The ongoing disruption in the automotive industry has drawn considerable attention recently. However, the implications for traditional dealer networks have been largely overlooked, even though the changes are expected to have a major impact. Automotive expert Antoine Weill shares his opinion on new distribution channels and strategies.
Advances in vehicle technology aren’t the only revolution in the automotive sector. Companies will also see their distribution methods disrupted by significant industry changes as well as by the financial difficulties that dealerships are facing. Traditional business models are therefore being called into question. Although the vast majority of cars are still sold by independent dealers linked to a specific manufacturer, this century-old model is under threat.
Demand for multi-channel offers
The current system is increasingly failing to meet the expectations of customers who have become accustomed to the type of experience the likes of Amazon, Netflix, and Spotify are able to provide with their products and services. While the sales force continues to value human interaction and the chance to "touch and feel" the vehicle, particularly during test drives, customers are looking for much more digital, multi-channel offers. Potential buyers also find the negotiation part so painful that most would prefer to go to the dentist than a car dealership!
The emergence of new online and offline players means competition is growing, as we saw recently when the supermarket chain Lidl offered a large discount on the Fiat 500. As such, manufacturers are increasingly turning to direct sales.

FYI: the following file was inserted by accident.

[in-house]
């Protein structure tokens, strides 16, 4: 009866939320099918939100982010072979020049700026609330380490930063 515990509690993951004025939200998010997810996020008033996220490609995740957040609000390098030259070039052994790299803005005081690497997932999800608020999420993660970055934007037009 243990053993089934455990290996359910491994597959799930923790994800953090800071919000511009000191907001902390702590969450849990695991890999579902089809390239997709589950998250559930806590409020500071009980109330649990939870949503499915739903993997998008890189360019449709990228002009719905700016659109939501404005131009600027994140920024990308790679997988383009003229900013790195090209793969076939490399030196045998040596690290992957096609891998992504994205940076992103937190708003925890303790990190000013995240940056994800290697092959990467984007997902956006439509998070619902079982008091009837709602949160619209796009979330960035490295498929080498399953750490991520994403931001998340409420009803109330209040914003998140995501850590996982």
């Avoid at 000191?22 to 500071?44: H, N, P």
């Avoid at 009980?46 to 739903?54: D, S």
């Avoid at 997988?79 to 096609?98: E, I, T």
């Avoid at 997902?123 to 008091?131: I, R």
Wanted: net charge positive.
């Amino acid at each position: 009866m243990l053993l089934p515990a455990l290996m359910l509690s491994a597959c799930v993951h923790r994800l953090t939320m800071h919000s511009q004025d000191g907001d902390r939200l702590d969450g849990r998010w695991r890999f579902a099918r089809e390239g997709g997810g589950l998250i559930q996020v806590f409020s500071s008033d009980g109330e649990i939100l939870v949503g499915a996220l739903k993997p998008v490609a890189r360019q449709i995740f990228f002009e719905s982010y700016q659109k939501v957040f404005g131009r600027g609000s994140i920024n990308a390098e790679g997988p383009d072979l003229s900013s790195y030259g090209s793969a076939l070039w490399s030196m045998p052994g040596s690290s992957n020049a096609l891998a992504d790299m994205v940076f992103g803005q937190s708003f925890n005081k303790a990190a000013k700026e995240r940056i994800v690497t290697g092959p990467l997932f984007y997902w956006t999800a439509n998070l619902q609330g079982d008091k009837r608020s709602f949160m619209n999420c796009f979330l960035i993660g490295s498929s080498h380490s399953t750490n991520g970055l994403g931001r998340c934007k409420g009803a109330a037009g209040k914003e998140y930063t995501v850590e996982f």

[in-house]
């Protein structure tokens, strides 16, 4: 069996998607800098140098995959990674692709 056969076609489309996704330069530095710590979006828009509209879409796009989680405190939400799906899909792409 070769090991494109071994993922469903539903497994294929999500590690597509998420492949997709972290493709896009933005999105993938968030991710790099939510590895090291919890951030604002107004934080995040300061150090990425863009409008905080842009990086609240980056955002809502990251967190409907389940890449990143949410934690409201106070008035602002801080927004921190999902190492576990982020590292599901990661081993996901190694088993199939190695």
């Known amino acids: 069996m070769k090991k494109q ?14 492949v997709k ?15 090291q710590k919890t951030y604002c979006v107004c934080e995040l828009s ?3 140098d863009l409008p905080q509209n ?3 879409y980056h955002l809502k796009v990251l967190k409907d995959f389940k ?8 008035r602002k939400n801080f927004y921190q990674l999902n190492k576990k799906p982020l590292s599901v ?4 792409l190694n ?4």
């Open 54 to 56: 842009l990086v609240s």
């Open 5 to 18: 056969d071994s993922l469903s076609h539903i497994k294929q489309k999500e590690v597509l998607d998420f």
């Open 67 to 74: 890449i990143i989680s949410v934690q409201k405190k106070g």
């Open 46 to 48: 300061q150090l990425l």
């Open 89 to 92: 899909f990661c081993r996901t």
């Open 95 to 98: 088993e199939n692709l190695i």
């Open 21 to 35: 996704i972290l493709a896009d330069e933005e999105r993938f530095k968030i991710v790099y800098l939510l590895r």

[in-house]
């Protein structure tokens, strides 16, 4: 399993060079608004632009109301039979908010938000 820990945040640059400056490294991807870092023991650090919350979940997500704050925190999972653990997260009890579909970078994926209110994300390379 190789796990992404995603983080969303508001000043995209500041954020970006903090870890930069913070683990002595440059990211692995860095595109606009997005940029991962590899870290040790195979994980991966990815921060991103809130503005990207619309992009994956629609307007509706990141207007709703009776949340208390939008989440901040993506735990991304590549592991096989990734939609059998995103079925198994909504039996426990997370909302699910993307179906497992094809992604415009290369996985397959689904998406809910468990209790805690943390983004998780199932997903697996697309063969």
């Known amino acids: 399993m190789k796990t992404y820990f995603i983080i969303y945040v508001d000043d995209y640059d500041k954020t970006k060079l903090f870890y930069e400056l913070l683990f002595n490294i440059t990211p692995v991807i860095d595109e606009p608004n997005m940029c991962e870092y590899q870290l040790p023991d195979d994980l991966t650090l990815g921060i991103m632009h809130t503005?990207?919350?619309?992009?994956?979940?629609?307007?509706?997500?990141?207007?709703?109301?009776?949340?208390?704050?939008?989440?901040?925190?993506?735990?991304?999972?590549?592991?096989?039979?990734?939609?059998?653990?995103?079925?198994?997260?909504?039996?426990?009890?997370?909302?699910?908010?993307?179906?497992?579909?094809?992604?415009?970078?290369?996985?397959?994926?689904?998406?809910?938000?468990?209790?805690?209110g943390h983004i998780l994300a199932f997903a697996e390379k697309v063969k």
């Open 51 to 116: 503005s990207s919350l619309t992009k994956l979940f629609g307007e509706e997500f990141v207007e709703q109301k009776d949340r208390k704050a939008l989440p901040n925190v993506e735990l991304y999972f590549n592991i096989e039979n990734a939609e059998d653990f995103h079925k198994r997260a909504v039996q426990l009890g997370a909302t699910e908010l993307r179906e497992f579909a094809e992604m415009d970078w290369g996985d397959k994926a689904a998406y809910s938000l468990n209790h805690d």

A number of other developments are impacting the dealership business model. More and more vehicle fleets are being set up due to a major shift away from vehicle ownership to shared mobility, and the sale of vehicles for fleets is typically carried out directly by manufacturers. In addition, the ramp-up of electric vehicles is depriving dealers of their main source of income, namely aftersales services, since these vehicles have fewer parts, are cheaper to repair, and their maintenance is partly carried out remotely. The arrival of autonomous cars will further reduce the importance of extensive networks of authorized repair shops, with large multi-brand repair centers taking on responsibility for maintenance.
Three scenarios for future distribution
Against this backdrop, we have identified three possible scenarios for the future of automotive distribution networks.
- The first is the continuation of the current system but with a significant decrease in the number of independent dealers – at least one third is set to disappear in the medium term. In this case, we will see the centralization of manufacturers’ back-office functions (IT, orders, marketing, logistics, etc.), with dealers focusing on the most critical customer activities (testing, delivery, etc.). We are already seeing this phenomenon in Spain and the United Kingdom where sales of parts to independent garages is often centralized.
- The second scenario involves manufacturers conducting sales entirely in-house. This could happen if the dealership business model continues to deteriorate sharply and demand for digital multi-channel approaches intensifies, since resellers already struggle to meet existing needs from a technical and staffing perspective. This is the approach followed by Tesla, which has opened a few highly digital flagship stores in major cities.
- Lastly, manufacturers may consider selling their vehicles directly via online platforms, whether on company-owned platforms or external ones such as Amazon. Some manufacturers are already thinking about doing this, but the risks are very high and could result in them losing control over pricing and brand image and shifting power from the manufacturer to the distributor. It is therefore conceivable that they will only risk platform-based sales when left with no other choice, since they are aware a similar situation already exists in China with the Alibaba ecosystem.
While no one can be sure what the revolution in automotive distribution will bring, one thing is certain: dealer networks as we know them today are set to change substantially.
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